Fifteen (unnamed) parties have joined the Bio-based Industries Consortium to work towards “The circular-bio society in 2050”: an effort to establish a sustainable and competitive bio-based industry in the EU.
They describe their vision of a circular bio-society as “informed citizens living sustainable and supporting an economy that couples economic growth with societal well-being and respect for the environment”. Through bioeconomic education across Europe and deploying lifelong learning facilities and training within industry, government, and society the collaboration aims to achieve a circular bio-society and meet four key goals:
1. Foster food security for a growing world population and meet its demand for sustainable products
2. Contribute to a sustainable planet
3. Create jobs and growth in the circular bioeconomy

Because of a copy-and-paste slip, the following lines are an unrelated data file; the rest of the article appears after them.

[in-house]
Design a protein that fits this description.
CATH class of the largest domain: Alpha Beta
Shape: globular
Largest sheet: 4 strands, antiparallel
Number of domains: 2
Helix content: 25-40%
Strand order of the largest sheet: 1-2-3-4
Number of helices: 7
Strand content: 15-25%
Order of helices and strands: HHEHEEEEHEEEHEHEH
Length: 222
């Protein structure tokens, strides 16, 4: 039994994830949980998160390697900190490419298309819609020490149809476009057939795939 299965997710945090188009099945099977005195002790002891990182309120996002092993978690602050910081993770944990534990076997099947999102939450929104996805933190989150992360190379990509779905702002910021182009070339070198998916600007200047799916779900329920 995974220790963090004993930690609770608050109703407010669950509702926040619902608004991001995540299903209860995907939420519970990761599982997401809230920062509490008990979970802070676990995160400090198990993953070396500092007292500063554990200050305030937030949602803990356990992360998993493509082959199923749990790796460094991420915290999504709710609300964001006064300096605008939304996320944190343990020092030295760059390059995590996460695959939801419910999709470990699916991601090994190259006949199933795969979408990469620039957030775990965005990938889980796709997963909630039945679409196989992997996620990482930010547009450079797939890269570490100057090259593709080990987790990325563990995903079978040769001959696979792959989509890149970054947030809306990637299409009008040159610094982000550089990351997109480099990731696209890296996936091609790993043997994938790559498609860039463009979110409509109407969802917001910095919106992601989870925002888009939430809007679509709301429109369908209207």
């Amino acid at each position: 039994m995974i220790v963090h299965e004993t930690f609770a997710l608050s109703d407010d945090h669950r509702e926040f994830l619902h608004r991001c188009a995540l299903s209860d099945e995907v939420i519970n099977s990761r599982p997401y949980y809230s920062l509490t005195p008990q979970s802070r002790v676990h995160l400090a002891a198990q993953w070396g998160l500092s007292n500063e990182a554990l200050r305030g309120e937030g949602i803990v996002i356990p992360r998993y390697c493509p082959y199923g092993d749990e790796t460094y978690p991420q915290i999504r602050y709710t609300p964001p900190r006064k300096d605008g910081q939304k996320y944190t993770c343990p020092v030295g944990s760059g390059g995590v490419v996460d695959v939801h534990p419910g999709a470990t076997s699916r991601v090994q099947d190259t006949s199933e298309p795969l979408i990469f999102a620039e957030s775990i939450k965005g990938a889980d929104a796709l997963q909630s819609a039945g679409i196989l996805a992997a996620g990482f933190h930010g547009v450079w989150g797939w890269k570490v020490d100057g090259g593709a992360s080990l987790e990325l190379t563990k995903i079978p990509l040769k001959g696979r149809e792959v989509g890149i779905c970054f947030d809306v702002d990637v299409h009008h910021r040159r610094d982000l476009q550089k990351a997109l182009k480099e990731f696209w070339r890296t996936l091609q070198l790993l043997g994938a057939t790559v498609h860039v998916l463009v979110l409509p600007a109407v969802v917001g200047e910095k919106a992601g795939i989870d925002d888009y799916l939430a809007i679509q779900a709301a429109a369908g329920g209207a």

4. Achieve a circular bioeconomic society
The Bio-based Industries Consortium is a public-private partnership established in 2013. Its 200 members include 40 large companies and 160 SMEs, the website claims.
A collaboration such as this signifies the climate-focused mindset of bio-based industries. Climate reporting has continuously shown agriculture to be one of the globes most polluting industries, creating a demand for more sustainable practices and diets from a government and consumer level. This vision displays efforts towards answering these demands by establishing a sustainable bio-industry. Could this project live up to its promise and aid Europe in becoming a carbon-neutral society?
It is clear that the agriculture and food industries have an awareness of their impact on the environment, but recognise that citizens also have an important role to play in the food system. Could implementing multi-organisational education schemes inspire societal change?
Furthermore, this project promises to ensure food security while creating jobs, demonstrating the numerous advantages of greener business. However, is it possible to re-wire such a huge industry whilst ensuring job security?